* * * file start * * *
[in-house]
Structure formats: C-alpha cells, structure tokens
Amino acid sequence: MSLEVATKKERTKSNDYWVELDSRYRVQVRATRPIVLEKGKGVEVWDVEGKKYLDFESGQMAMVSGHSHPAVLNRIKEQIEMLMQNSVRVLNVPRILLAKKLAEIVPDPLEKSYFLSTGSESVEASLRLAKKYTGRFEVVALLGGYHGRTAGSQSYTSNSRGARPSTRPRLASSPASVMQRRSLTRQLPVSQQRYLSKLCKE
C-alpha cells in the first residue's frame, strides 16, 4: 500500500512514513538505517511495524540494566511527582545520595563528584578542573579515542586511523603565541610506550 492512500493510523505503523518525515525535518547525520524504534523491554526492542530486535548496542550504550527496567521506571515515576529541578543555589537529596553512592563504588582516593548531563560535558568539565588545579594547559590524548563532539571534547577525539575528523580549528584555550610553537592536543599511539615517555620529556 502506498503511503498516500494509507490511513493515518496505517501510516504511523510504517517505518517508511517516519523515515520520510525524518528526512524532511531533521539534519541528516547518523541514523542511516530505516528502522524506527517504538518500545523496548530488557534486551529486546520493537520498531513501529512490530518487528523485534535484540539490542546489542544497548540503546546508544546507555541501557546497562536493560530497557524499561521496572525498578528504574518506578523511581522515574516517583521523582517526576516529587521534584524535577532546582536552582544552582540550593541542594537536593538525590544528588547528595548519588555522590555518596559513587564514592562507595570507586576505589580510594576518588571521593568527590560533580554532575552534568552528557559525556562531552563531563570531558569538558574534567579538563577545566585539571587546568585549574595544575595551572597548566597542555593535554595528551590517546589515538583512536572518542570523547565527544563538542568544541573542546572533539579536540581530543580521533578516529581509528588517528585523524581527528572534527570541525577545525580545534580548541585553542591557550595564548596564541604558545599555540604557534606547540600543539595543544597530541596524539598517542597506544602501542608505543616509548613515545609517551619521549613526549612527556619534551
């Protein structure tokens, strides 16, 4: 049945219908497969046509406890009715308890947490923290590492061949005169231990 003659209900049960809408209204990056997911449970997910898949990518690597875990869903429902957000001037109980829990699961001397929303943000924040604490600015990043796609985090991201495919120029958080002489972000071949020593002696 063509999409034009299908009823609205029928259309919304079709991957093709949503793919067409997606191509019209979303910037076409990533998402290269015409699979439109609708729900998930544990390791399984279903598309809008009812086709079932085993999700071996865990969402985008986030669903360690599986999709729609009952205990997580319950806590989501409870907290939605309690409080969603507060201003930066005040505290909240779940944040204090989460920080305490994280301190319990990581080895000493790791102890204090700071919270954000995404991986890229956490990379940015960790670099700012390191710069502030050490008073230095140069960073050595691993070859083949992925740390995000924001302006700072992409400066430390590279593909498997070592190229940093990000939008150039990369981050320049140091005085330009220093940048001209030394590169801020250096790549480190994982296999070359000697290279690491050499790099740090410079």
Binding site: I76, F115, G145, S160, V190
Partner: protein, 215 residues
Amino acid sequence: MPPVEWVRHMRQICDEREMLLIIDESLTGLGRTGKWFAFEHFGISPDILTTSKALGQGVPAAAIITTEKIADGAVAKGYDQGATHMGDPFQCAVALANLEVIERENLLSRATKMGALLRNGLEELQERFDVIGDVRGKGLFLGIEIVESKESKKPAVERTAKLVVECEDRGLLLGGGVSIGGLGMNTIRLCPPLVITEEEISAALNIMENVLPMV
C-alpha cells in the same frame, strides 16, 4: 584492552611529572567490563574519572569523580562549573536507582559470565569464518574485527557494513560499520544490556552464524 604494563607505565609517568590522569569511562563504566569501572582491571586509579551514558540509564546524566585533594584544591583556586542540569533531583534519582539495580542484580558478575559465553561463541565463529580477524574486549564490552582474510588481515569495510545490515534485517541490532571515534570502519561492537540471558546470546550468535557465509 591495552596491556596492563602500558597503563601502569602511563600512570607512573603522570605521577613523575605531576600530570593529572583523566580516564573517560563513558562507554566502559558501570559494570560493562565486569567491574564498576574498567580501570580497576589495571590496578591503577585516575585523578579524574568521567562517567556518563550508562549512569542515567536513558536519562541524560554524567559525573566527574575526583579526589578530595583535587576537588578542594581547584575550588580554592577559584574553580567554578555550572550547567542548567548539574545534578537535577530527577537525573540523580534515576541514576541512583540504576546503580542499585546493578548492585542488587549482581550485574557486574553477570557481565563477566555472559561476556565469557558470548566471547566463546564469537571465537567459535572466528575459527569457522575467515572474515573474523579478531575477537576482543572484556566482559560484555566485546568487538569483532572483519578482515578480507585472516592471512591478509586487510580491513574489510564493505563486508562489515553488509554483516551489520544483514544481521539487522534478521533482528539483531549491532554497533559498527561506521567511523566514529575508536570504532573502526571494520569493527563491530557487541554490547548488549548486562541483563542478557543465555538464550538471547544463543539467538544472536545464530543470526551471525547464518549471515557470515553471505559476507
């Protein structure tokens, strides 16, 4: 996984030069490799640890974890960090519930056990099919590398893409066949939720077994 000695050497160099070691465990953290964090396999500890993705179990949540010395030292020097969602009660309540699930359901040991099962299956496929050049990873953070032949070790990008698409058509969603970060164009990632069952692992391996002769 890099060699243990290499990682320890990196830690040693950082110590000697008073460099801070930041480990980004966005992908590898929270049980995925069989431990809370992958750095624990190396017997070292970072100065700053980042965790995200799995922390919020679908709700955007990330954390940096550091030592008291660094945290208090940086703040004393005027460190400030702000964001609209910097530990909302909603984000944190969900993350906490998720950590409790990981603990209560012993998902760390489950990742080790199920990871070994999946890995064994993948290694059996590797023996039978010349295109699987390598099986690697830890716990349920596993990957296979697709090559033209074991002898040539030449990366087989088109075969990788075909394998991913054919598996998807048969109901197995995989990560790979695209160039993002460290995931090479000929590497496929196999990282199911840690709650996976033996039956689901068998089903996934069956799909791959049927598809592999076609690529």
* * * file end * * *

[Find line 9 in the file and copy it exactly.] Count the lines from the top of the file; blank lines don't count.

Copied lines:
C-alpha cells in the same frame, strides 16, 4: 584492552611529572567490563574519572569523580562549573536507582559470565569464518574485527557494513560499520544490556552464524 604494563607505565609517568590522569569511562563504566569501572582491571586509579551514558540509564546524566585533594584544591583556586542540569533531583534519582539495580542484580558478575559465553561463541565463529580477524574486549564490552582474510588481515569495510545490515534485517541490532571515534570502519561492537540471558546470546550468535557465509 591495552596491556596492563602500558597503563601502569602511563600512570607512573603522570605521577613523575605531576600530570593529572583523566580516564573517560563513558562507554566502559558501570559494570560493562565486569567491574564498576574498567580501570580497576589495571590496578591503577585516575585523578579524574568521567562517567556518563550508562549512569542515567536513558536519562541524560554524567559525573566527574575526583579526589578530595583535587576537588578542594581547584575550588580554592577559584574553580567554578555550572550547567542548567548539574545534578537535577530527577537525573540523580534515576541514576541512583540504576546503580542499585546493578548492585542488587549482581550485574557486574553477570557481565563477566555472559561476556565469557558470548566471547566463546564469537571465537567459535572466528575459527569457522575467515572474515573474523579478531575477537576482543572484556566482559560484555566485546568487538569483532572483519578482515578480507585472516592471512591478509586487510580491513574489510564493505563486508562489515553488509554483516551489520544483514544481521539487522534478521533482528539483531549491532554497533559498527561506521567511523566514529575508536570504532573502526571494520569493527563491530557487541554490547548488549548486562541483563542478557543465555538464550538471547544463543539467538544472536545464530543470526551471525547464518549471515557470515553471505559476507